We are able to explain the allegations to you, and ensure you understand the charge.  We will provide you with easy to understand advice and discuss your options for progressing the matter with you.  We are able to appear on your behalf and ensure the Court understands any mitigating features in your favour.  This can result in a lesser penalty being imposed.

Our experienced solicitors are available to provide advice about your matter, and the penalties likely to apply to you.

Bail Applications

It is likely you will be refused watch house bail if you are charged with an aggravated domestic violence offence.  Being charged with an aggravated domestic violence offence places you in a “show cause” bail position.  This means your bail will be refused unless you show cause that your continued detention in custody is not justified.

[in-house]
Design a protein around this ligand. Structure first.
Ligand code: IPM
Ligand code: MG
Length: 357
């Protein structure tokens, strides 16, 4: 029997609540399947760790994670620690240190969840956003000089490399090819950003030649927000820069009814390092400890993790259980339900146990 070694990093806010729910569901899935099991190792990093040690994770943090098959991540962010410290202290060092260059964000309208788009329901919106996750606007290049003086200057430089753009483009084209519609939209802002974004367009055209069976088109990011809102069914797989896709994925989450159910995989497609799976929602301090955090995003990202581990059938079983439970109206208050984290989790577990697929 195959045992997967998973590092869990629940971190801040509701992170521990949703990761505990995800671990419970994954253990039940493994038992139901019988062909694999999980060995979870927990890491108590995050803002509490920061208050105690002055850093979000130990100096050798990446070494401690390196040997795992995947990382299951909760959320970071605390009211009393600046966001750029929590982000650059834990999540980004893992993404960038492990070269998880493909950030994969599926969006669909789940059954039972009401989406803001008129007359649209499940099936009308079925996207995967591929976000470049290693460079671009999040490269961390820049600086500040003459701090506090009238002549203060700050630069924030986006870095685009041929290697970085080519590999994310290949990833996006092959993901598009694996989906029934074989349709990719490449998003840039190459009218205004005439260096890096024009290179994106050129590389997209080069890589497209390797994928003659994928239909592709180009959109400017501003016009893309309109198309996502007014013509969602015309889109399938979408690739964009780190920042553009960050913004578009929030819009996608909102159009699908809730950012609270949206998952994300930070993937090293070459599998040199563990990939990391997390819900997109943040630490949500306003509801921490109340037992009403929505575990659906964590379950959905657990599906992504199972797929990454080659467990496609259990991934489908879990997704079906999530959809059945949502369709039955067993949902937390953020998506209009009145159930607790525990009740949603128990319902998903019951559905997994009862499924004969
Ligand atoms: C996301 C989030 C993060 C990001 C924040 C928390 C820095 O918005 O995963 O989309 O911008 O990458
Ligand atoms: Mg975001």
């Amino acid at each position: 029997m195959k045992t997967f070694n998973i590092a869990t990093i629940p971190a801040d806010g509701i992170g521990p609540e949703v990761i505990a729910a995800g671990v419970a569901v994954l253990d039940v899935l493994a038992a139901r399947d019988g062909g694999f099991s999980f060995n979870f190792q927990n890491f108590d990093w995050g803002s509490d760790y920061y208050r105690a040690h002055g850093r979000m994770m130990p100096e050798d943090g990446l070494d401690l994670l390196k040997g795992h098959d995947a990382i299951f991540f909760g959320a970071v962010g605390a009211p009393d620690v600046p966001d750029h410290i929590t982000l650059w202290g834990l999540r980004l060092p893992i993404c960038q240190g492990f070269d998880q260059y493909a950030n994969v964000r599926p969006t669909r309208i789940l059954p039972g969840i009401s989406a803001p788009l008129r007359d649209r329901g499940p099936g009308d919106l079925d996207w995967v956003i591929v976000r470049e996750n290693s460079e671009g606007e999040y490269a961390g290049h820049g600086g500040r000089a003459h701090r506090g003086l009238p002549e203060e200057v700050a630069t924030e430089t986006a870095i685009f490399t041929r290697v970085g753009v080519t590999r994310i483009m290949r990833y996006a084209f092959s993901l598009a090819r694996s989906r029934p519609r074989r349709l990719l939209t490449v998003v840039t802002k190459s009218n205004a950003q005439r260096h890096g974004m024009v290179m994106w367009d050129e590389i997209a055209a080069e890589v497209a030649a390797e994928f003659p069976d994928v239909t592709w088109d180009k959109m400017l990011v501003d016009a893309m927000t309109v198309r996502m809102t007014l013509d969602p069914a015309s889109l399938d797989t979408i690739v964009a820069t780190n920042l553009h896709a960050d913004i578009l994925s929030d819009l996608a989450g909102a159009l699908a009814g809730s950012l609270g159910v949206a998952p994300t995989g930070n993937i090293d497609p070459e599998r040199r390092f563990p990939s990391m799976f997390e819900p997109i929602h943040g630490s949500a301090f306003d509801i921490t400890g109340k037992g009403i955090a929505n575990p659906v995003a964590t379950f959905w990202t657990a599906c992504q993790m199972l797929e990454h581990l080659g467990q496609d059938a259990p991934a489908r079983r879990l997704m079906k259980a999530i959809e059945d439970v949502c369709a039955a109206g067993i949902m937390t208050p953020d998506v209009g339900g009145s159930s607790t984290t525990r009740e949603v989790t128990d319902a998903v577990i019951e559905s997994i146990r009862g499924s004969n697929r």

You should seek urgent legal advice if you, or a loved one, is in custody in relation to an aggravated domestic violence offence.  We are able to speak with our clients while in custody, and see our client at the watch house.  We will explain the charge, the likely penalty and the options for progressing the matter.  We are also able to provide advice, prepare and appear at an Application for Bail.

Why it’s important to get advice

There is always a range in the severity of penalty that could be imposed, even in matters where a period of mandatory imprisonment applies.  The presiding Judge or Magistrate has discretion and will impose a penalty that is appropriate in your circumstances.

We can assist by ensuring the presiding Judge or Magistrate has all of the relevant information, and is aware of your particular circumstances and mitigating factors.  This can result in you having a lesser penalty imposed.

If you would like legal advice about your matter, or for our office to represent you, please contact our office on (07) 4963 2000 or via our online contact form.